“Water chestnut had over grown the canoe access to the Hoosic River, so a team of volunteers from the Rensselaer Land Trust worked all day to carve out a path from the shore to the flowing water,” Dean recalls. “But it is something they’ll have to continue to do year after year since eliminating water chestnut from all the upstream populations is unfeasible.”

That’s where you come in.

Your reports on iMapInvasives will show conservation managers where invasive species are found early so that they can develop a plan of attack.

“By having more people aware of the issue and knowing what to be on the lookout for, we have a much better chance of catching early infestations while there is a chance of controlling them,” Dean explains.

Early detection by citizen scientists has shown signs of hope even in the fight against seemingly irrepressible forest pests.

“The hemlock woolly adelgid, which devastated hemlock stands in the southern states, has been spreading throughout NY. A team of volunteers working with NYS Parks found a very new infestation in Allegany State Park, which was quickly acted on,” Dean notes. “Time will tell if this resulted in stemming the advance of the infestation in that area.”

In addition to the early warning system, iMapInvasives continues to gather data from sites that were treated for invasive species, even reporting when no invasives are found.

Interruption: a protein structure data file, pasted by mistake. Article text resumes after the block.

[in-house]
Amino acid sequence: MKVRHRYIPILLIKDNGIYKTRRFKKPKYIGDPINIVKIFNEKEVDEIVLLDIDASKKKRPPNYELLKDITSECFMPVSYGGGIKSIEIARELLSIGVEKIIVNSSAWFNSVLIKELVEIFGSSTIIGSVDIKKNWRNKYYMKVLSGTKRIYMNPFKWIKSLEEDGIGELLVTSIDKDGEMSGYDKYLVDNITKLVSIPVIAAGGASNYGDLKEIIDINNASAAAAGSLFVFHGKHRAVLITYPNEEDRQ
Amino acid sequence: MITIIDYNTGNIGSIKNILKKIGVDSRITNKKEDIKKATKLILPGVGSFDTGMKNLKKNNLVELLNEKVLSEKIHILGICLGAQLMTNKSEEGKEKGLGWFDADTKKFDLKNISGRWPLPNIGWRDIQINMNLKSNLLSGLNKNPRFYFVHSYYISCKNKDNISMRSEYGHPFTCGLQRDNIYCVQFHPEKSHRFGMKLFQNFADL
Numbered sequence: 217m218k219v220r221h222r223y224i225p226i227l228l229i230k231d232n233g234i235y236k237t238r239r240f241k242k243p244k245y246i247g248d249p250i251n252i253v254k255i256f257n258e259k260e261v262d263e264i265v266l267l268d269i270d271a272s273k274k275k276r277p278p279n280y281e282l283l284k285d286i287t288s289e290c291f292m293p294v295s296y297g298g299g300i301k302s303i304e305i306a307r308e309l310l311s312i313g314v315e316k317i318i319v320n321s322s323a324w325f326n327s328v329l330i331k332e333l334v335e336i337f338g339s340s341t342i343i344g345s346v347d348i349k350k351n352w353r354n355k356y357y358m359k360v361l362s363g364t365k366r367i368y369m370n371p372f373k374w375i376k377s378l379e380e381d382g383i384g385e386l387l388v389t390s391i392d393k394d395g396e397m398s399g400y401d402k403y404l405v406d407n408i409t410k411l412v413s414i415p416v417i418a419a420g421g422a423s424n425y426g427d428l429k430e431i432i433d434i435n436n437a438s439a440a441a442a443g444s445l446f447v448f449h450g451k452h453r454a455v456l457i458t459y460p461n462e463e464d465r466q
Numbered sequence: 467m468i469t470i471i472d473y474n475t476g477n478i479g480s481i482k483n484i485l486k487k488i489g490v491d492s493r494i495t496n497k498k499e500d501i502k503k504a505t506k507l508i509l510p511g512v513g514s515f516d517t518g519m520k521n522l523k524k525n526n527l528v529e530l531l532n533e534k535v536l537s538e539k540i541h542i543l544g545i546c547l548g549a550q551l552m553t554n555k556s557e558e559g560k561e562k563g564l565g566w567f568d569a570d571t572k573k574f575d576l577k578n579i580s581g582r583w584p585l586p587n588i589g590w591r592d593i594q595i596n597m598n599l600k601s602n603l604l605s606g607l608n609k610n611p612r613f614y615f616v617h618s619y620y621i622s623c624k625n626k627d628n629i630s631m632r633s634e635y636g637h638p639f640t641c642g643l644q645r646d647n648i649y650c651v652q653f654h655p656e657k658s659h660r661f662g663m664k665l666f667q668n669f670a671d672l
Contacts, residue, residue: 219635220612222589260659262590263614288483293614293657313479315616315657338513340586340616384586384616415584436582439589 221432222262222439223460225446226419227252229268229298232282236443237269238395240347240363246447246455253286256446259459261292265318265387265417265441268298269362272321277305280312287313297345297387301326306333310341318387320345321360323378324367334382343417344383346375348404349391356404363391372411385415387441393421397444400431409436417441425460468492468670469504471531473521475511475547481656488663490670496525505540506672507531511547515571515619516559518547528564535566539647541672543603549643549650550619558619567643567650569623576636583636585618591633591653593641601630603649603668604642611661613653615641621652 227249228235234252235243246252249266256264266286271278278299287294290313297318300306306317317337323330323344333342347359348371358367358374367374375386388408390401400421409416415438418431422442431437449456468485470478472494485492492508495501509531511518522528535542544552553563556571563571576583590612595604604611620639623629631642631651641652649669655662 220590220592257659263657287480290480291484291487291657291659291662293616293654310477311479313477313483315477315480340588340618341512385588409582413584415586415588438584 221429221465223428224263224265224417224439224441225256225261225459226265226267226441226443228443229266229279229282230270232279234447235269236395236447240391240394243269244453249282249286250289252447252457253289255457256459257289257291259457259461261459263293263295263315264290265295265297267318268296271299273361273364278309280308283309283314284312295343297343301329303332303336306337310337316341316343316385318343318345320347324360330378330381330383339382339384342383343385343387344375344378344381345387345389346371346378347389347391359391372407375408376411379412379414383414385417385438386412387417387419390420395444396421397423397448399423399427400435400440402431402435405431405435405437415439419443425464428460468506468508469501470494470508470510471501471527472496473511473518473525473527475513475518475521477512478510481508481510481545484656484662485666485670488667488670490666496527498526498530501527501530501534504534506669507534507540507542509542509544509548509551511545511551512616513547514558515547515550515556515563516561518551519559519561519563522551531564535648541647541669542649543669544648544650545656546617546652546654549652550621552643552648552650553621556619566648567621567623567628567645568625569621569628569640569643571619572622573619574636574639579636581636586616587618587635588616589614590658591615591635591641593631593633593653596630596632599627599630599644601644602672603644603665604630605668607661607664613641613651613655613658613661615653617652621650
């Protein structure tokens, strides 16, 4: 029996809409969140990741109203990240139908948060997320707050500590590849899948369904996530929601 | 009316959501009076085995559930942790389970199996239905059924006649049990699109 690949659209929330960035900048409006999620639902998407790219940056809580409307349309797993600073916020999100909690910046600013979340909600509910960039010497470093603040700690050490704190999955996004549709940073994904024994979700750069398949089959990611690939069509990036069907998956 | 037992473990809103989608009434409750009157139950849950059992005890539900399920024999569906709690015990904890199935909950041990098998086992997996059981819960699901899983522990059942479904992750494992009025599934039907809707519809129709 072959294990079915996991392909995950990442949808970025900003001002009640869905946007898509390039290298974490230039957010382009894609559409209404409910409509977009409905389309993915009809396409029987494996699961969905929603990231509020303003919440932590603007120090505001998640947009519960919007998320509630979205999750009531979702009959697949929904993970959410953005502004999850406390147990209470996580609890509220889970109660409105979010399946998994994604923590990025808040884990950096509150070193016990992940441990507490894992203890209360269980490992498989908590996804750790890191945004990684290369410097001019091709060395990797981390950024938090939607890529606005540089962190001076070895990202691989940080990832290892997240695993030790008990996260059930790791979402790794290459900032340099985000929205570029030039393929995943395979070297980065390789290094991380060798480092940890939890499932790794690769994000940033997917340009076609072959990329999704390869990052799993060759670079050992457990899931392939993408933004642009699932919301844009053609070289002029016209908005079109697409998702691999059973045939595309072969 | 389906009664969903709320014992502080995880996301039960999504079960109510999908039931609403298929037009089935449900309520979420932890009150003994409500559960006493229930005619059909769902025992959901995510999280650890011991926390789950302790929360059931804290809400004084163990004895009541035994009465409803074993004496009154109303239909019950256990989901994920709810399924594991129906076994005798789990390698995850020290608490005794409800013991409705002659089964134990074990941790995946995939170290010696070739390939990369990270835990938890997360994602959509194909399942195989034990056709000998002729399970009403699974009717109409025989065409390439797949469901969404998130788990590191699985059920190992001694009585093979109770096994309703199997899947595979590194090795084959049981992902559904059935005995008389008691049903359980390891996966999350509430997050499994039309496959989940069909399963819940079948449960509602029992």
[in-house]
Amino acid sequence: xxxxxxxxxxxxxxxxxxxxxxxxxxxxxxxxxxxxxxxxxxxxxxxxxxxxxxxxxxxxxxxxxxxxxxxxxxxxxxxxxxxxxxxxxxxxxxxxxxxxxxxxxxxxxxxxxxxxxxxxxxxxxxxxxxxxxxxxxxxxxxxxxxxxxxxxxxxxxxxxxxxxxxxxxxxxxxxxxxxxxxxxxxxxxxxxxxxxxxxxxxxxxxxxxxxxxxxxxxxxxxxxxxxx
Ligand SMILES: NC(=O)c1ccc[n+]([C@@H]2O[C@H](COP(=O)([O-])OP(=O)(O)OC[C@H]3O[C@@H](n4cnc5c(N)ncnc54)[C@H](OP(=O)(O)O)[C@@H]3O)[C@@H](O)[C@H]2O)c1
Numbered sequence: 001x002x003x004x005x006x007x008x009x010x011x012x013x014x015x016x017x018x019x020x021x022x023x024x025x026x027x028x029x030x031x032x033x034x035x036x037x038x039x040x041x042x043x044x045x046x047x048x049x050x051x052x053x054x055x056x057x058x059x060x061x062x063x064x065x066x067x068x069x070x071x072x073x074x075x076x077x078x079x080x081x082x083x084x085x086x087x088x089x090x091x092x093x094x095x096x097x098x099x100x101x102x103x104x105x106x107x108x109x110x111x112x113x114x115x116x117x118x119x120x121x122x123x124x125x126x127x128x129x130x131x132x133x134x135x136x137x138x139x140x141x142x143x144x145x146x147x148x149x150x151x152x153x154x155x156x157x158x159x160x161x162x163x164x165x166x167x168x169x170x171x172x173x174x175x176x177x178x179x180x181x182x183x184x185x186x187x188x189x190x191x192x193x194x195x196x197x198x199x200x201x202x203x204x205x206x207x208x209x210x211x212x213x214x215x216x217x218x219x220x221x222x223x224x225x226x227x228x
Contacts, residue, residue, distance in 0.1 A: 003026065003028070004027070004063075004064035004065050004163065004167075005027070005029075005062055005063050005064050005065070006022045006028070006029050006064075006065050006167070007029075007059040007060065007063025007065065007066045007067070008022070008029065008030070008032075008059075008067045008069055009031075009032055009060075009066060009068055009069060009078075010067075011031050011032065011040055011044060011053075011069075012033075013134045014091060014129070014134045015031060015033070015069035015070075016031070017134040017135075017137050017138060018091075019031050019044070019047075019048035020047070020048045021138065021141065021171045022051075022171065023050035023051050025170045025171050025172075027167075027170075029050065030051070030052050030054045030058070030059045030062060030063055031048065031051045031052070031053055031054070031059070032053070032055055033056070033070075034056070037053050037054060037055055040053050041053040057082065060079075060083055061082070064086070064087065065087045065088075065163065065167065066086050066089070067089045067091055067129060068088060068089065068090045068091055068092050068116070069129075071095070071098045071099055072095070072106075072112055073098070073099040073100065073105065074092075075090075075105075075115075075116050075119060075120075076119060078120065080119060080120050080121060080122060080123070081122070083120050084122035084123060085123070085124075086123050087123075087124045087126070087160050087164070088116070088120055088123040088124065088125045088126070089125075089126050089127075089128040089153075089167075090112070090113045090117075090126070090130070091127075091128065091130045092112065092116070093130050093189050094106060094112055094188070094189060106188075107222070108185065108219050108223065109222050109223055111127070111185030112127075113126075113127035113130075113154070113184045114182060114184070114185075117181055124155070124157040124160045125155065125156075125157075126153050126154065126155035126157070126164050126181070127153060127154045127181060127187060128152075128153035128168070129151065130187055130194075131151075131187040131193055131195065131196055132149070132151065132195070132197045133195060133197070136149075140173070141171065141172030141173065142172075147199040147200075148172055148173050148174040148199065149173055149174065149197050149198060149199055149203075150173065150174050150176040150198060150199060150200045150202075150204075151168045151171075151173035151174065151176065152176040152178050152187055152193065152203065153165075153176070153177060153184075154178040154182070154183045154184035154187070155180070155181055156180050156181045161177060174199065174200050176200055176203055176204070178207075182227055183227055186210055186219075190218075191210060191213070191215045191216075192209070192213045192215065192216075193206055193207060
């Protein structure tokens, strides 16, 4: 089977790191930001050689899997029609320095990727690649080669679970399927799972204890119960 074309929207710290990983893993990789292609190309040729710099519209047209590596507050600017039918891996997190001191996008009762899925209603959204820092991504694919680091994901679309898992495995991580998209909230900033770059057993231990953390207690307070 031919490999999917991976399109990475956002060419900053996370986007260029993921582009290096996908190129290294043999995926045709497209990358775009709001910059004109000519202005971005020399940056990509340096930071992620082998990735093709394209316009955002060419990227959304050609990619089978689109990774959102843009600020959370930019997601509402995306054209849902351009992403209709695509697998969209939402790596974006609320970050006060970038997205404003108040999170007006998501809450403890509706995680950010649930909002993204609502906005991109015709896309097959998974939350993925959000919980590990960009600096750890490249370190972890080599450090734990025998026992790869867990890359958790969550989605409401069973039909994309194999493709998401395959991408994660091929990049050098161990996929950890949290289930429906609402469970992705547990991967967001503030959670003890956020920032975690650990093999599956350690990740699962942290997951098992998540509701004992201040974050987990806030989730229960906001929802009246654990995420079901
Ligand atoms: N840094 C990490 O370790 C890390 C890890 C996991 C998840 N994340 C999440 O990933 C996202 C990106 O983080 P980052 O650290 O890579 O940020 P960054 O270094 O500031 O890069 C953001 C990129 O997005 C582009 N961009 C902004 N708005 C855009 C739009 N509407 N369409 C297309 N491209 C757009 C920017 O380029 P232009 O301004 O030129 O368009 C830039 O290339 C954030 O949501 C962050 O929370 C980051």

Managers track what kinds of treatment work and where invasive species are returning despite control efforts.

All of this information, gathered by citizen scientists and professionals, improves conservation tactics in each new battle with invasives.

How Do You Get Involved in iMapInvasives?

Check iMapInvasives to see if your state or province is participating.

If it is, log-in and you will be contacted by a representative in your state.

Training online or in person will teach you which invasive species to look for in your area and how to recognize them.

After that you’ll be ready to report the “who, what, when, and where” of your invasive species sightings.